Though there may be vast, technically recoverable oil and gas reserves beneath the sea north of the Arctic Circle there are enormous challenges when operating in such a harsh environment. Neil MacDonald reports.
Geohazard surveys are standard practice prior to offshore drilling in all seas as they detect the presence of shallow gas-bearing formations, active faulting and potential hydrate zones but the presence of permafrost under the seabed in this region, which could create unstable foundation conditions for natural gas production and gas rigs, poses an additional difficulty for operators.
Reflected acoustic signals
One area under investigation for oil and gas resources includes the Beaufort Sea, north of Canada's Yukon and Northwest Territories.
The technique used to investigate the seabed layers is a seismic survey using reflected acoustic signals to create a two-dimensional (2D) 'picture' or sub-bottom profile which is used to map the geological boundaries.
In the summer of 2008, when there was little sea-ice present, work was carried out by the Canadian Coast Guard vessel Nahidik under the auspices of the Geological Survey of Canada's (GSC) geohazards mapping programme lead by Steve Blasco. Their private partner, Canadian Seabed Research Ltd. (CSR) based in Nova Scotia, handled the recording part of this mission.
Canadian Seabed Research is a well established company of geophysicists, hydrographers and survey engineers operating worldwide undertaking a variety of marine geophysical surveys including precise positioning, pipeline and cable route surveys, seafloor imaging as well as sub-bottom profiling.
The equipment selected for the sub-bottom survey was an Applied Acoustics' CSP-D power supply, a Squid 2000 sparker array, CSR's 12 channel streamer with Geode data logger. The data logger was controlled by a shoot-on-distance interface from the ship's Hypack navigation system.
The CSP-D seismic power supply is one of a range from Applied Acoustics which have a distinguished record of performance, double layers of safety circuitry and a valuable 'soft start' to gradually increase the power output easing the load on the generator. It also has a unique dual voltage output providing exceptional versatility with boomers as well as sparkers.
"We have worked with the CSP seismic energy sources from Applied Acoustics before for some inshore work," said Ray Burke, CSR's Research & Development Manager, "so we were confident the unit would provide minimum reverberation, consistent pulse shape clarity and good results," he added.
The Beaufort Sea is generally shallow and sub-bottom permafrost is known to occur out to a depth of 80 metres. The study proved this area was no exception with permafrost occurring as shallow as just 25 metres in places. Another issue encountered by the team related to the use of the sparker array.
In the outer Mackenzie Delta the presence of plumes of fresh river water had the potential to render the sparker inoperable because of reduced conductivity. However, luckily, only one recording interruption occurred that was attributed to this phenomenon.
Tony Atkinson of the GSC confirmed that about seven continuous days of surveying were carried out successfully using the Applied Acoustics system. "Initially power was held to 1500Joules," he said "because we were unsure what the rate of wear would be for the 120tip Squid. Although we were shooting on distance, the fire rate was about three seconds. The array was recovered once a day for inspection and it became clear near the end of the job that tip wear was minimal, so with nothing to lose, the sparker was fired at the full 2400Joules for the last day of the project. "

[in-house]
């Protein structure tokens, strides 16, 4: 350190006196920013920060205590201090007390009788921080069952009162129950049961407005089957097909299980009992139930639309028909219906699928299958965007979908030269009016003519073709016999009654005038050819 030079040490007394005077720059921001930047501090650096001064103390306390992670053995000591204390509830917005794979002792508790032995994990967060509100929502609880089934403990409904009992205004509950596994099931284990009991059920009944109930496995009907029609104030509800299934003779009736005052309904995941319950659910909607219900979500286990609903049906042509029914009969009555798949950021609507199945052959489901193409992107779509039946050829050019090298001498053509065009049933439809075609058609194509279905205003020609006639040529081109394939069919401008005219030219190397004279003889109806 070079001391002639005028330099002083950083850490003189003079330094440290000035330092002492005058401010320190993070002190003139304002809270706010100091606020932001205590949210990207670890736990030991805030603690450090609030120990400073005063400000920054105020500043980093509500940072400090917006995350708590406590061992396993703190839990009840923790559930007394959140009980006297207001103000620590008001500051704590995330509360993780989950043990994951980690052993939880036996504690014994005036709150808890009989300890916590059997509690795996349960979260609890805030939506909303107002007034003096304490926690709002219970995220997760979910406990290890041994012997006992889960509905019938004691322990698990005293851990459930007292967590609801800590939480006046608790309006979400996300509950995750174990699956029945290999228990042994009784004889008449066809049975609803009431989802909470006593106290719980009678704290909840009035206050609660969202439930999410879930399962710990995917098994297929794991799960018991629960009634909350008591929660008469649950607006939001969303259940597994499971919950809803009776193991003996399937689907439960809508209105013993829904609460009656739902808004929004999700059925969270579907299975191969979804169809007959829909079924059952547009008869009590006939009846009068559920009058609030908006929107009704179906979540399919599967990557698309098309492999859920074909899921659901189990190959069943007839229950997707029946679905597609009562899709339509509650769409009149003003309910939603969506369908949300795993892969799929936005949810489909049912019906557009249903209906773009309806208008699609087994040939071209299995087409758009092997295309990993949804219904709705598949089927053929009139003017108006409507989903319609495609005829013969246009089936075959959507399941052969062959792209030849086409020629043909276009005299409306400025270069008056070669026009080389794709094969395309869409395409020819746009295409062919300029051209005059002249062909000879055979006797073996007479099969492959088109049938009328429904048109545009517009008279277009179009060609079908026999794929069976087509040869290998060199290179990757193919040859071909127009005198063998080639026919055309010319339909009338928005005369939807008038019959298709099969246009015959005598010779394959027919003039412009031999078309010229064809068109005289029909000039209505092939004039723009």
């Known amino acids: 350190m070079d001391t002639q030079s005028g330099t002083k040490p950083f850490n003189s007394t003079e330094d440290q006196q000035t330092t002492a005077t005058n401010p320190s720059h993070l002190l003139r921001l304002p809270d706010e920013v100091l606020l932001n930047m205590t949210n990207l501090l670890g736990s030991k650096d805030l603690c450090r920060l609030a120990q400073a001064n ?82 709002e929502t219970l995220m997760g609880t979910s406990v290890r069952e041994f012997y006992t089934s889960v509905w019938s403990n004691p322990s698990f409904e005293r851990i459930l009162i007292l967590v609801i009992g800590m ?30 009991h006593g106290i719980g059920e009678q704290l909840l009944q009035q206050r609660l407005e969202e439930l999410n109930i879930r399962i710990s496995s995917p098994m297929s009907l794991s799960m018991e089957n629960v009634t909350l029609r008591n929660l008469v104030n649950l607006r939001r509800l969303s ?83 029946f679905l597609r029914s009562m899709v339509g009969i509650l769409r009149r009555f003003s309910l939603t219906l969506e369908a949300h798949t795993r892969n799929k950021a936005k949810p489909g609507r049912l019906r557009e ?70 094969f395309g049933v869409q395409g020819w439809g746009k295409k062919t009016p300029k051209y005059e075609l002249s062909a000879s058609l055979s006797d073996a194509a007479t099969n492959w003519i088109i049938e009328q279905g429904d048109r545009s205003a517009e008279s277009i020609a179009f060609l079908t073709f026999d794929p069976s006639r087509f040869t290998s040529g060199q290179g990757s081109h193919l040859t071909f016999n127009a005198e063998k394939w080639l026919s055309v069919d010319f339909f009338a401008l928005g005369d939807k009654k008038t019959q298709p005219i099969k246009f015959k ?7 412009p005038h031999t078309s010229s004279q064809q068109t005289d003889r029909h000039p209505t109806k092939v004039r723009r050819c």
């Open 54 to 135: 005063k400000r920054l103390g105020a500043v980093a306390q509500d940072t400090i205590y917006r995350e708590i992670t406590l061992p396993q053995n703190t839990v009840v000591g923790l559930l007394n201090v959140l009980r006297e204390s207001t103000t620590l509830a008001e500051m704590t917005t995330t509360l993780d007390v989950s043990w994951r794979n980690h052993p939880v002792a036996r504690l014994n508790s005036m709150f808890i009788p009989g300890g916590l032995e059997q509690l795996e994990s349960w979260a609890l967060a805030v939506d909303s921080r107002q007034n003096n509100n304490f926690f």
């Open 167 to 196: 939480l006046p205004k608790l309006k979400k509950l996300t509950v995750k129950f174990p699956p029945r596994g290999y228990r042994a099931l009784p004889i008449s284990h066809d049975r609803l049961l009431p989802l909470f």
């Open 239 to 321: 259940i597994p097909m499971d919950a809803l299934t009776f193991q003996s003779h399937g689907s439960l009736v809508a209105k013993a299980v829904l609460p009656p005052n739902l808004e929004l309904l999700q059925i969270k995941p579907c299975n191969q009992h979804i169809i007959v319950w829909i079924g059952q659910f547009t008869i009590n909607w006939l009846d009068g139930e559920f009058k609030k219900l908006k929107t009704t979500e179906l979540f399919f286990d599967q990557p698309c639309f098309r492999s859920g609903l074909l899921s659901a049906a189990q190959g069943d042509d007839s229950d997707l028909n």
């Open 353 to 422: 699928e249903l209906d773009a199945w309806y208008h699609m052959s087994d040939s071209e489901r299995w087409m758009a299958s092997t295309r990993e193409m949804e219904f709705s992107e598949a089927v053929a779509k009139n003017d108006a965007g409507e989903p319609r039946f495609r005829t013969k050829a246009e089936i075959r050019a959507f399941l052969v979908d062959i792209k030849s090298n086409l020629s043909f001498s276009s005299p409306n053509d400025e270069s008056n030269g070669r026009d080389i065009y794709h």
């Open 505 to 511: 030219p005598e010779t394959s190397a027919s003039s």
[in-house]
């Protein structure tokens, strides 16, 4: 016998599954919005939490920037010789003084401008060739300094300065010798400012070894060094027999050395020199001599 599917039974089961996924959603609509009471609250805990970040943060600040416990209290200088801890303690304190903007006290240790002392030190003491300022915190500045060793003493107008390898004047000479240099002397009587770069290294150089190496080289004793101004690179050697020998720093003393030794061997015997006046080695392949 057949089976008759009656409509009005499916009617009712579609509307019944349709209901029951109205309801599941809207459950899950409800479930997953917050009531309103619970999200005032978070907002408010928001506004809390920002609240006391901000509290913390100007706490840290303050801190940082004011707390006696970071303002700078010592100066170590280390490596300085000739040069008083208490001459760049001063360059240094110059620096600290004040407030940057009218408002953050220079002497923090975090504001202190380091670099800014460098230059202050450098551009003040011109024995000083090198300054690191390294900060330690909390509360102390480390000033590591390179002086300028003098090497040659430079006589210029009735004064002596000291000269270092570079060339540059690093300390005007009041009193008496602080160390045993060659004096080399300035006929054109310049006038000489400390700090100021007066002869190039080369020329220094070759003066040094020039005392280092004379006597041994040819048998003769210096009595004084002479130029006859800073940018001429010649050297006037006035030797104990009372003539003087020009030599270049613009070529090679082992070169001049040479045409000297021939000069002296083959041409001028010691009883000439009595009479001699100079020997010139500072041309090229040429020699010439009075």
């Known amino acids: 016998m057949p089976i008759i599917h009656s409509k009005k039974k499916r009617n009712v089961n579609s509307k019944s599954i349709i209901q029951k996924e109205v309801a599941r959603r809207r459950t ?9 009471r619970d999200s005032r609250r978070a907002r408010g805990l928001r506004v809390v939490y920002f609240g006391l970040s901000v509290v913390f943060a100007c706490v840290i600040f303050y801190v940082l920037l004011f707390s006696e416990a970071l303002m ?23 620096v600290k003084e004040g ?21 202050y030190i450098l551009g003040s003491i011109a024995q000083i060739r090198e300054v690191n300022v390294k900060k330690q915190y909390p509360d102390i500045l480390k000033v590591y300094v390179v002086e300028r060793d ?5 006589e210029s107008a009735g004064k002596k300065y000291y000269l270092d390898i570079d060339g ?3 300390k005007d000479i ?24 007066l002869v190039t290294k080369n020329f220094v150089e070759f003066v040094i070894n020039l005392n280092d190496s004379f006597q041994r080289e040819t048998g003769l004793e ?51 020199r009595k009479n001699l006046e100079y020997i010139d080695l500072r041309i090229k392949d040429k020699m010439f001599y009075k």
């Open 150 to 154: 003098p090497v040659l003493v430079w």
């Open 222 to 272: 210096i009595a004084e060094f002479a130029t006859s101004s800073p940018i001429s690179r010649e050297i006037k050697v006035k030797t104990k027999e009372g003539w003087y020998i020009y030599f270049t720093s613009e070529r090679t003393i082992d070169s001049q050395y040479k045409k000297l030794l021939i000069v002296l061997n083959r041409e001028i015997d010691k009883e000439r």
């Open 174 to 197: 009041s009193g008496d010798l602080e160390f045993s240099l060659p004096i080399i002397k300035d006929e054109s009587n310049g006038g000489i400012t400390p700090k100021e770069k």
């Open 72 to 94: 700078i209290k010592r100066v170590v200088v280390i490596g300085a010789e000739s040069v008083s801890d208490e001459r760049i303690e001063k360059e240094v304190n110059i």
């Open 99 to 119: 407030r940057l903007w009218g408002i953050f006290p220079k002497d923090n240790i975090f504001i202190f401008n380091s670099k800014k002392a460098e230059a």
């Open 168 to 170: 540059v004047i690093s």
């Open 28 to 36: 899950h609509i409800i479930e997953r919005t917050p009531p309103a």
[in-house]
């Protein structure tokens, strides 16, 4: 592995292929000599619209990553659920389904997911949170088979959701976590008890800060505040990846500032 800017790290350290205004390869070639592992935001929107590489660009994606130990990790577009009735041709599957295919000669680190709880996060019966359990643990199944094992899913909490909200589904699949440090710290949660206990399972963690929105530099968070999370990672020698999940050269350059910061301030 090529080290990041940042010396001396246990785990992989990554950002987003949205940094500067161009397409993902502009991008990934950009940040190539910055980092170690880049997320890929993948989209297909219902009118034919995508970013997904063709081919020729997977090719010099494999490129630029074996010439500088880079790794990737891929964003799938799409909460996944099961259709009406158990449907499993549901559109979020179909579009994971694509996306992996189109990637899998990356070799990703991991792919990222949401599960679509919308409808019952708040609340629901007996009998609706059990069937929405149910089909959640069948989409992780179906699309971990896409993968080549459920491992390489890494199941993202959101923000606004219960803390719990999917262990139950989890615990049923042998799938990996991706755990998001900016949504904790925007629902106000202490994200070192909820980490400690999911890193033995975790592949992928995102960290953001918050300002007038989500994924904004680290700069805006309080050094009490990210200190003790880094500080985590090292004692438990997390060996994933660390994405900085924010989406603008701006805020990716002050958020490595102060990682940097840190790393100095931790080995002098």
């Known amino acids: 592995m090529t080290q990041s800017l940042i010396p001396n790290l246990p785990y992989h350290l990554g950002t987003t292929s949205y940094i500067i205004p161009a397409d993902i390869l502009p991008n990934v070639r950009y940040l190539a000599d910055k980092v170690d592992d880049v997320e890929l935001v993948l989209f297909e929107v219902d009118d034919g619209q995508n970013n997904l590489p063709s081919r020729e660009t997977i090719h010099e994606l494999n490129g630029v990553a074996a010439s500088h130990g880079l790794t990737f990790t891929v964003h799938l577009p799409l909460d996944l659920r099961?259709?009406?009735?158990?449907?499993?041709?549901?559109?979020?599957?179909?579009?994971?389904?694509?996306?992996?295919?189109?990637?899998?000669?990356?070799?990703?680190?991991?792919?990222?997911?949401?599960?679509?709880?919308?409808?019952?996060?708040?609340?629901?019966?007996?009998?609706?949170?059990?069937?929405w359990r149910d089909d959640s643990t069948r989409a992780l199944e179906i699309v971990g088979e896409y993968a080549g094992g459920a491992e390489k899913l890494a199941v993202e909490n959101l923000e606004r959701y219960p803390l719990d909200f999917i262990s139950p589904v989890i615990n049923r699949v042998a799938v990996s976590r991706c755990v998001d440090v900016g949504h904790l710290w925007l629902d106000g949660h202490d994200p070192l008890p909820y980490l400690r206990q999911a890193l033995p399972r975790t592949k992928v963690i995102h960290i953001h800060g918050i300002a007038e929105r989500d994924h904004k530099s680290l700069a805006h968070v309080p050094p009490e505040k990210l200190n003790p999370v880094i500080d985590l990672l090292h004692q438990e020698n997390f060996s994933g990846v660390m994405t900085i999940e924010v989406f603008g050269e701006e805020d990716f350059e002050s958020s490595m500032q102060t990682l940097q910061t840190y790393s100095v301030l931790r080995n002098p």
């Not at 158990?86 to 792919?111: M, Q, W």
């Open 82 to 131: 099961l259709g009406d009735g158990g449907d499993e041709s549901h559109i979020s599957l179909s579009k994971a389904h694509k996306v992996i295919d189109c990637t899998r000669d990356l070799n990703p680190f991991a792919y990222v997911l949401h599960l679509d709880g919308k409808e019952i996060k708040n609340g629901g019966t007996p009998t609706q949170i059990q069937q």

"Initial processing of the Multi Channel Data is complete," said Pat Campbell, CSR's Beaufort Project Manager, "we are currently interpreting and integrating the 2008 seismic data with previously collected data from the area."
The subsea permafrost knowledge gained from this study is important to those wishing to develop the area in future years. A second survey of Multi Channel seismic and high resolution analogue data collection is planned for the summer.
Having confirmed the signal to noise and resolution was a major improvement with this system compared with earlier investigations, the goal in the follow-up survey will be for CSR to maintain the high power into the Squid 2000 in anticipation of obtaining better penetration.
Applied Acoustic Engineering is a leading company in the design and manufacture of a wide range of subsea navigation and positioning products, and marine seismic survey equipment.
The extensive product range includes the innovative USBL tracking system, Easytrak, a variety of positioning and release beacons and seismic devices for offshore geotechnical and seabed analysis known as sub-bottom profiling.
All products use acoustics, underwater sound waves, in location, positioning, navigation and data acquisition applications.
Applied Acoustic Engineering will be exhibiting Underwater Intervention, Location: New Orleans, USA, between 17th-19th February 2010 and at Oceanology International at the London Excel between 9th-11th March 2010.
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Neil MacDonald is Technical Manager with Applied Acoustics, Great Yarmouth, Norfolk, UK. www.appliedacoustics.com